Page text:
By Della B. Cronin
In recent weeks, Congress has been busy preparing for the August recess. That means figuring out what policies might be the subject of productive debate or determining what the House and Senate must do before heading home and hitting the campaign trail. In the “must do” category is spending. The bill that governs spending for the Department of Education—the Labor, Health and Human Services, and Education bill—hasn’t moved in the House, in part because Rep. Jack Kingston (R-Ga.), chairman of the subcommittee that will be drafting that bill, is facing a primary election this summer. He would like to avoid votes on spending that might give his conservative challenger campaign fodder. Movement of appropriation bills in the Senate remains paralyzed either at the committee level or on the Senate floor because of threats of amendments considered “toxic” by Majority Leader Harry Reid (D-Nev.), who is trying to keep his party in control of that chamber. The Commerce, Justice, Science spending bill, which allocates funding to federal research agencies, was pulled from the Senate floor by the majority leader when it became evident debate would be lengthy and controversial. When and if the impasse might be resolved is anybody’s guess. Congress is now in recess and will return September 8.
In policy issues other than spending, Sen. Jay Rockefeller (D-W.Va.), who heads the Senate Commerce, Science, and Transportation Committee, recently released a discussion draft of a proposal to reauthorize the America COMPETES Act—the law that governs programs at federal research agencies. NCTM and other STEM education advocates are reviewing the proposal and considering how to respond. One element of note in the draft is a renaming of the Math and Science Partnership program at the National Science Foundation as the “STEM and Computing Partnerships.” The House is also working on reauthorizing the statute. After a partisan markup of a reauthorization proposal from Rep. Lamar Smith (R-Tex.), chairman of the House Science, Space, and Technology Committee, committee members identified narrower issues where there was agreement and subsequently approved four bills with broad bipartisan support, including the STEM Education Act of 2014 (HR 5031). The bill’s supporters assert that the measure strengthens ongoing STEM education efforts at federal science agencies and ensures that computer science is included in these efforts. The Senate’s strategy for reauthorizing the larger law will determine further action on this bill and the others that deal with federal research programs.
There have been some developments on other education policies. Congress approved a bill to reauthorize the Workforce Investment Act (WIA) in an overwhelmingly bipartisan manner. WIA is one of the laws on the long list of education laws that needs updating and is the only education measure that has reached the president’s desk. Congress has made some progress in other areas as well. Last month, the House Education and the Workforce Committee approved three bills that would revise parts of the Higher Education Act. The bills passed with bipartisan support after a collegial and bipartisan drafting process. The three bills were not really controversial, with the thornier issues yet to be addressed in the effort to revise the larger act. The issues left for a later date include the Title IV student aid programs and teacher preparation programs of interest to math teachers and teacher educators. Although it may seem that Congress isn’t doing much, its actions are keeping NCTM and the education advocacy community busy.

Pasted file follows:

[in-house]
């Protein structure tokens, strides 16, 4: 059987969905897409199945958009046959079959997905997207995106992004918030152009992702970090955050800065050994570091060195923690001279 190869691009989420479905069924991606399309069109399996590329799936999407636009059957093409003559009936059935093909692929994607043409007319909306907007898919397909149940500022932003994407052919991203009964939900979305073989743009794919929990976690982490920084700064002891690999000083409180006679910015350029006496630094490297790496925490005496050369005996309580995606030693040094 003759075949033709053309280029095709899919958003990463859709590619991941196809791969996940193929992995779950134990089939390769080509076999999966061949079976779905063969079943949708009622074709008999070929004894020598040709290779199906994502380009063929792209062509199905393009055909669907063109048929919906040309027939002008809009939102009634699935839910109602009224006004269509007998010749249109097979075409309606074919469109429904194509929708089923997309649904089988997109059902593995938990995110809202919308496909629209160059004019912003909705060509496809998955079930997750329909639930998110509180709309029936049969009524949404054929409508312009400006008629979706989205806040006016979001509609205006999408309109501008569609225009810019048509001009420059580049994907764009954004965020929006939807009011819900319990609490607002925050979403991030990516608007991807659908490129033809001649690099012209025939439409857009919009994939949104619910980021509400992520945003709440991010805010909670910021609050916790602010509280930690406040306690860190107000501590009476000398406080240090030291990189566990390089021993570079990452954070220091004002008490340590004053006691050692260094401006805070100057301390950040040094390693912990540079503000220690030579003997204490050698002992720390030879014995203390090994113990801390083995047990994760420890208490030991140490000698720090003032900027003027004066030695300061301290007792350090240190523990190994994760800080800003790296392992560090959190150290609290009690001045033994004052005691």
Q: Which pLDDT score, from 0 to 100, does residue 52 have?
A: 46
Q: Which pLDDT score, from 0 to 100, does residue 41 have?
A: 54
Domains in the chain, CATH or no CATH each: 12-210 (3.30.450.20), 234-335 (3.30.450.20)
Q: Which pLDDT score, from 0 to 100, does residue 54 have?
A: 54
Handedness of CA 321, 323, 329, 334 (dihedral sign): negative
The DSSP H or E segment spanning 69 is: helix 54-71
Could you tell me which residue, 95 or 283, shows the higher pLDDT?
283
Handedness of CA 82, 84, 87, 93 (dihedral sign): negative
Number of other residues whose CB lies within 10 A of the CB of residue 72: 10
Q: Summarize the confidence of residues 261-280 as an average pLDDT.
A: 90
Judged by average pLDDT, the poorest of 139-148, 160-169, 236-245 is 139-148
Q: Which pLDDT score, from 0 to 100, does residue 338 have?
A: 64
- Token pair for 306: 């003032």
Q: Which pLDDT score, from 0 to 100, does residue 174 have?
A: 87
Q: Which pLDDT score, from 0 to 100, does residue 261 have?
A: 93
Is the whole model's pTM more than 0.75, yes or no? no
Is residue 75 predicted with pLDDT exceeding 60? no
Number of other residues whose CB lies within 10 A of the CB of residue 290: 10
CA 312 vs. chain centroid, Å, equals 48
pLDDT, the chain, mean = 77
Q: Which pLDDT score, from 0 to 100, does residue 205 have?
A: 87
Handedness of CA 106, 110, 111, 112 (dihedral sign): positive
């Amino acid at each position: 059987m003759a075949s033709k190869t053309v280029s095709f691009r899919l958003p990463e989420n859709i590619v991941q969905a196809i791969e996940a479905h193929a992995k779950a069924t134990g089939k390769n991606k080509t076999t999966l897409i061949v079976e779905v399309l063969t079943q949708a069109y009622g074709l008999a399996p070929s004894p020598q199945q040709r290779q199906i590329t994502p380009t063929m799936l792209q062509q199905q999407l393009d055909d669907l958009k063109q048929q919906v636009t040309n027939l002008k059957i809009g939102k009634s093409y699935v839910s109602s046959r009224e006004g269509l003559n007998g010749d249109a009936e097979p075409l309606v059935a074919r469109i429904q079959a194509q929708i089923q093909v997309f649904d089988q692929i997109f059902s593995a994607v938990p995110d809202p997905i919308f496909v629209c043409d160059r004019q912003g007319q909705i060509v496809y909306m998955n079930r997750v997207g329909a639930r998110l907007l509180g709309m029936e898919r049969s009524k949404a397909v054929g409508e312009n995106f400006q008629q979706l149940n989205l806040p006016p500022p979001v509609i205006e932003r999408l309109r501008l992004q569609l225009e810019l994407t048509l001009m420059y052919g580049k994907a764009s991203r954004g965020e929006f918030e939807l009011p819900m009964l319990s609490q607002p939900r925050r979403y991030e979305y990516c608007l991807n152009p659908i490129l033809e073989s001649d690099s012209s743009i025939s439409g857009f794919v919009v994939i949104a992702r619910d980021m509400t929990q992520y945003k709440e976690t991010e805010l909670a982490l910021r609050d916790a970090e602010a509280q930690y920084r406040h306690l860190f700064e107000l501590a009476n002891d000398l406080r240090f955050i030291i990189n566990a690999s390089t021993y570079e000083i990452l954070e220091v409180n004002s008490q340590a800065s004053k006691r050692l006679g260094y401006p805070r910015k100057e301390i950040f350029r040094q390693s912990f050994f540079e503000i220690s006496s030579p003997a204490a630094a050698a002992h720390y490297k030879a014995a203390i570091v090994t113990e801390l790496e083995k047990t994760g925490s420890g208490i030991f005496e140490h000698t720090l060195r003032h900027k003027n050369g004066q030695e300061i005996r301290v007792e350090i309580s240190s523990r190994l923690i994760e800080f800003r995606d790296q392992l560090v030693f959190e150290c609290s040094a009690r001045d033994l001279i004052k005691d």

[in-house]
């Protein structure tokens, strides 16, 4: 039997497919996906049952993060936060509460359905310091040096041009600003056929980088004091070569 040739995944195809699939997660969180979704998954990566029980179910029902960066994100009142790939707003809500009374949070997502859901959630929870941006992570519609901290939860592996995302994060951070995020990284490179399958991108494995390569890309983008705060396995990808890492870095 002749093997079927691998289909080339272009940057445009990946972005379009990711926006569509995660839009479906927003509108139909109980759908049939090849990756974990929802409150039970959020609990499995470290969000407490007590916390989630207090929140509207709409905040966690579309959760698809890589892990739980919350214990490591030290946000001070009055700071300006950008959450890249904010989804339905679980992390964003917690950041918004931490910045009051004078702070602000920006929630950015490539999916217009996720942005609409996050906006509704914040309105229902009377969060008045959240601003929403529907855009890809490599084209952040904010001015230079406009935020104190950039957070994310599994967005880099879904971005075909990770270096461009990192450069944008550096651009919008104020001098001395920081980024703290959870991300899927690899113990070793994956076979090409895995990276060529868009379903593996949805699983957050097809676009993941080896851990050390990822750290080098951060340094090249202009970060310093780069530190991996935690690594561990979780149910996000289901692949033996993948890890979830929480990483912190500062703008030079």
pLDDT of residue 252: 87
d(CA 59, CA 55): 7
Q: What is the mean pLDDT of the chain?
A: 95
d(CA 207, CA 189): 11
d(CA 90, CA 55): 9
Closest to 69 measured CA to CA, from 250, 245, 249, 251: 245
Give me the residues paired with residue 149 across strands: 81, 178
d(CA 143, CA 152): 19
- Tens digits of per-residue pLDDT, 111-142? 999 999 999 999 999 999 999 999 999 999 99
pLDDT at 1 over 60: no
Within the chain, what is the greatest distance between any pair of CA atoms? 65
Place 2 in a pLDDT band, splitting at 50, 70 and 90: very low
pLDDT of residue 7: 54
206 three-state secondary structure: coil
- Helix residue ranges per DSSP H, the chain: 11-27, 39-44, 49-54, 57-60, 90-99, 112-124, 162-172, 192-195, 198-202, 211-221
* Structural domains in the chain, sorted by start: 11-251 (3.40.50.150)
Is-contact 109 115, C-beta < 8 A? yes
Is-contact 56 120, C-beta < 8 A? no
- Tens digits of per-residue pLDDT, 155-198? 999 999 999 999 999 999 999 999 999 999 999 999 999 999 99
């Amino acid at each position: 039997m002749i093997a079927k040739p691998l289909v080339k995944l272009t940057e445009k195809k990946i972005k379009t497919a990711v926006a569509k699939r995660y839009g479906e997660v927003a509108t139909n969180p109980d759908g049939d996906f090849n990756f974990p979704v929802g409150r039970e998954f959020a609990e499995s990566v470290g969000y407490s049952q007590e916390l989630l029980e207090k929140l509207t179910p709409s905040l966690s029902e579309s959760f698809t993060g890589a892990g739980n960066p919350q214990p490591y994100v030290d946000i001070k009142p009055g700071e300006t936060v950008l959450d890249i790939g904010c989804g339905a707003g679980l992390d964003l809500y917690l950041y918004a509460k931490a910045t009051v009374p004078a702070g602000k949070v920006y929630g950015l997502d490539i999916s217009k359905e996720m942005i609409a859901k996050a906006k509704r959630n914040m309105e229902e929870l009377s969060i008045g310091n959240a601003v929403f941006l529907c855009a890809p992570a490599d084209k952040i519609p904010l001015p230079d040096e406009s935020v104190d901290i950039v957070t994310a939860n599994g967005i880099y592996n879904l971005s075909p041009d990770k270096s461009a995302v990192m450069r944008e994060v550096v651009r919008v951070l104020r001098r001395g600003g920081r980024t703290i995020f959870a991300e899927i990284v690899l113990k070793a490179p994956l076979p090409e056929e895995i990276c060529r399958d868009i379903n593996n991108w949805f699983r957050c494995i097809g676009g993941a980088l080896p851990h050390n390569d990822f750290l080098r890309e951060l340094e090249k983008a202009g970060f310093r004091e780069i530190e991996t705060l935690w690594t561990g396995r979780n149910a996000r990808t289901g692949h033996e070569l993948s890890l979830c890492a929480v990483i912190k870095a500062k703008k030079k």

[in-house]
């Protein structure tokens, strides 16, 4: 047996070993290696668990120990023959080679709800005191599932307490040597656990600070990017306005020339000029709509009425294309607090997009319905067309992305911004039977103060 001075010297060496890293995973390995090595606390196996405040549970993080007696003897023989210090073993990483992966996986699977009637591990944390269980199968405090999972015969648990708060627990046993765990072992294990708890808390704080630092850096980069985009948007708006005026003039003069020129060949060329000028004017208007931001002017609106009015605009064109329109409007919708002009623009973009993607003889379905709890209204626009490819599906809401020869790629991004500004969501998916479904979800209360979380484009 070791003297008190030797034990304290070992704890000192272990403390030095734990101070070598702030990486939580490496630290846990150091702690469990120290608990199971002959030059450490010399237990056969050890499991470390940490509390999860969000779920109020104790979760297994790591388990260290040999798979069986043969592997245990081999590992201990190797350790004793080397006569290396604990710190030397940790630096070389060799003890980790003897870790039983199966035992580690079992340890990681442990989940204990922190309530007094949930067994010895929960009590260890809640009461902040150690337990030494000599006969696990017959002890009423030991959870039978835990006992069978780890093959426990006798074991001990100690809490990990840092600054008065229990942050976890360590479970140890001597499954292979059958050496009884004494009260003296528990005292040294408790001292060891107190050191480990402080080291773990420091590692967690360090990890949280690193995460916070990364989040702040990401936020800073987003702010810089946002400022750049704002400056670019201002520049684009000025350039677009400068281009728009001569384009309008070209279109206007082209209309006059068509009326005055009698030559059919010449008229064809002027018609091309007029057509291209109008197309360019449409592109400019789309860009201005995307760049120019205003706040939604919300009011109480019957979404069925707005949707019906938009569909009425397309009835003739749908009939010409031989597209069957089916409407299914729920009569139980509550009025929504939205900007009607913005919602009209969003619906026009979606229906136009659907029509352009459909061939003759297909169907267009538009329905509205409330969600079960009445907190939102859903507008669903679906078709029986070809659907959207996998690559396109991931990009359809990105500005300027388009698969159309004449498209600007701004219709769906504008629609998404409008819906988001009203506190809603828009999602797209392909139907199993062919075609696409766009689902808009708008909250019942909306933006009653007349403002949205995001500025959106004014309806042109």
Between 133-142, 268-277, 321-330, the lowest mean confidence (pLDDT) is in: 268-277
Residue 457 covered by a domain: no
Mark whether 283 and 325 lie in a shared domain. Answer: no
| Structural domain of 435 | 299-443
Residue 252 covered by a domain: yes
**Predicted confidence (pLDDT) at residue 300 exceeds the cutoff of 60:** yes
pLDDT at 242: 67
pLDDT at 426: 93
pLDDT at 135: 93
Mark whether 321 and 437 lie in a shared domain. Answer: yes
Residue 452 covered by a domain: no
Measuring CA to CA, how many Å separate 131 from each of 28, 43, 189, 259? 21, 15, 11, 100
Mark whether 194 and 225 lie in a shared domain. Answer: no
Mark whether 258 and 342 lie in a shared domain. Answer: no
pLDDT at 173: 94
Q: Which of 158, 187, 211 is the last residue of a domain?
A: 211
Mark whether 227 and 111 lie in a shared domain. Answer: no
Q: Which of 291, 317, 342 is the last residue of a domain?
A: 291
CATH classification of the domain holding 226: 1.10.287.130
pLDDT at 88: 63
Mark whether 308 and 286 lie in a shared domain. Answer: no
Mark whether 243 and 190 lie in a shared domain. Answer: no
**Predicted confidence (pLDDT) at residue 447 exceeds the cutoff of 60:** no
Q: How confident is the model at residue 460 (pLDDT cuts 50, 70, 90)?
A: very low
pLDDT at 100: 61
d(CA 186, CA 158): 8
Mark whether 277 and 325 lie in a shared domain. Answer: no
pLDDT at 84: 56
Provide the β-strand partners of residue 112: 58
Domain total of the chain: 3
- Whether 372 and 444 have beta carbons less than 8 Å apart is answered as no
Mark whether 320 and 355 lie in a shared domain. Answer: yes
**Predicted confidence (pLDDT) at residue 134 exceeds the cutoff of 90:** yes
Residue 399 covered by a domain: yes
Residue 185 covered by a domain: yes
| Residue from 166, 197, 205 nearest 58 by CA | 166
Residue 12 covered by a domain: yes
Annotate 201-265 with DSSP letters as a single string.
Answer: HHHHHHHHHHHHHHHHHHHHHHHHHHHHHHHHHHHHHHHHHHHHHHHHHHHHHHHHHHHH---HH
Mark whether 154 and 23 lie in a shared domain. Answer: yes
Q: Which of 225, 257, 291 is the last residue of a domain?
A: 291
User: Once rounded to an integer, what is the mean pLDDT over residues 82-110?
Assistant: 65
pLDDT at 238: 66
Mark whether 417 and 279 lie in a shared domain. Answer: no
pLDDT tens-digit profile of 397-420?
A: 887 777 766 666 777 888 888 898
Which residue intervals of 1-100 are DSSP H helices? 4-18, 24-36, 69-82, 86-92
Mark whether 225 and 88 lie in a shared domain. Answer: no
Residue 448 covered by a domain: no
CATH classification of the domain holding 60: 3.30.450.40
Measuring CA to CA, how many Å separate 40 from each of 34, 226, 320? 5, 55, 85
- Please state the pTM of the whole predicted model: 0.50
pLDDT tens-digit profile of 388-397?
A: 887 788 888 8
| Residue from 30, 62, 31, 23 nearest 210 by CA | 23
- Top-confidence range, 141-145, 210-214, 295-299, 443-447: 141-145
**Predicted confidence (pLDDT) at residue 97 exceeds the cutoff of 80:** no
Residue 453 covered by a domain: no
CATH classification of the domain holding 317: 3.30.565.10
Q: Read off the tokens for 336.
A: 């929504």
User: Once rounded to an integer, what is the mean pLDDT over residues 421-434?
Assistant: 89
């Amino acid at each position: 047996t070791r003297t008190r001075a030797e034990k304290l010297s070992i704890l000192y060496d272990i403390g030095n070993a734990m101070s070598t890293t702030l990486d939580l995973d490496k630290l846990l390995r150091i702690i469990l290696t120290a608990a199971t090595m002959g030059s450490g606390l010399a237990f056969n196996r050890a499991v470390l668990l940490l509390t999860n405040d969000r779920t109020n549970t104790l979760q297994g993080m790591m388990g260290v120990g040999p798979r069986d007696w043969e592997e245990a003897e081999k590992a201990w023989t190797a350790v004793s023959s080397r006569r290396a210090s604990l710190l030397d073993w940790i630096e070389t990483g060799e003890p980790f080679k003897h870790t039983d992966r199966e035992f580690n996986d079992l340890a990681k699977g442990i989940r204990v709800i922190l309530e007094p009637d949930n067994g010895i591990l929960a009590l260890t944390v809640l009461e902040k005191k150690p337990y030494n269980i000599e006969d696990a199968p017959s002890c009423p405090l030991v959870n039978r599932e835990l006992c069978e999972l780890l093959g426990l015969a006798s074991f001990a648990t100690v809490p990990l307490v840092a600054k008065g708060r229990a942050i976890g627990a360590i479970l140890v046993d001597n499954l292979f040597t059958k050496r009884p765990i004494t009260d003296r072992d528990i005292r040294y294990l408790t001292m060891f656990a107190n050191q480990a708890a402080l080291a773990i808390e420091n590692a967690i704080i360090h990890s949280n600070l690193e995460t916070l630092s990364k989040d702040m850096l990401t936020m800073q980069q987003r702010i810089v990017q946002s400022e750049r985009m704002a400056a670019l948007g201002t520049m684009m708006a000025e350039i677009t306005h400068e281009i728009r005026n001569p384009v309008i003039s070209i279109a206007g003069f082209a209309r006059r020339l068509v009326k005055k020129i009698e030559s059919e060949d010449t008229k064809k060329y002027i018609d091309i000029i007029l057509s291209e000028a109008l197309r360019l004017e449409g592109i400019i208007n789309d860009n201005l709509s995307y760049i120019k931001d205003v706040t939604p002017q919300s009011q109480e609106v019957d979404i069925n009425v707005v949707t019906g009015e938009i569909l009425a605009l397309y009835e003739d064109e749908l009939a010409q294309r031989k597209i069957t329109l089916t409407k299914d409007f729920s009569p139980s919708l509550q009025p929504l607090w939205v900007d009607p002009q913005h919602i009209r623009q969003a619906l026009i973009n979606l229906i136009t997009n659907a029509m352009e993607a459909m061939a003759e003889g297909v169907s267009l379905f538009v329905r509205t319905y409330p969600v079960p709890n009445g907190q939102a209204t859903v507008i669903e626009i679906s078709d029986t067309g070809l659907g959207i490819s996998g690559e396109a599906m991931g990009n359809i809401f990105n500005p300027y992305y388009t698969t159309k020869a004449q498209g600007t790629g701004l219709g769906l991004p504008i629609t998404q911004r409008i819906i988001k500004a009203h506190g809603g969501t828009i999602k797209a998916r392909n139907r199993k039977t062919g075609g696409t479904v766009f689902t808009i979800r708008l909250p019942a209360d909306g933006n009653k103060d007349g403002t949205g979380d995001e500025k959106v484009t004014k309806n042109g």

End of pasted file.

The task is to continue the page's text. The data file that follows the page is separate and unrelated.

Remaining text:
Elsewhere, research and education advocates have witnessed some personnel changes of interest. President Obama recently appointed Russell Shilling to the position of executive director for STEM initiatives at the U.S. Department of Education (ED). Shilling has more than 20 years of military experience as a research program manager at the Naval Air Systems Command and an associate professor at the Naval Postgraduate School and the Air Force Academy. He held tenure as executive director for science and technology at the Defense Centers for Excellence for Psychological Health and Traumatic Brain Injury and served as a Navy aerospace experimental psychologist and captain in the U.S. Navy before his recent appointment. Shilling’s STEM focus is in computerized systems that help service members and their families “build resilience to and recover from psychological trauma.” As executive director for STEM initiatives at ED, he will be heading all STEM-related efforts, and he aims to promote STEM education across all age groups while incorporating non-cognitive strategies to improve STEM careers.
At the National Science Foundation (NSF), Deputy Director Cora Marrett announced that she will be leaving the agency. In discussing her decision with reporters, she said, “As you know, the past year has been very challenging, with the shutdown and the effects of sequestration. And having seen that NSF was moving along and that the prospects looked very good, I thought this would be a good time to go home, as I had planned.” Marrett first came to NSF in 1992 to lead its newly formed social and behavioral sciences directorate, set up to address disciplines that have long been targets for legislators from both parties. After five years, she left NSF for a decade as a university administrator, but she returned to NSF in 2007 to head NSF’s programs in education and broadening participation. At the start of the Obama administration, Marrett was promoted to deputy director, and since then she has served either in that capacity or as acting director. New Director Frances Cordova’s arrival marked the first time that women have held both Senate-confirmed posts at NSF.
For many advocates, the annual slower pace in Washington can’t come soon enough.
Della B. Cronin is with Washington Partners, LLC.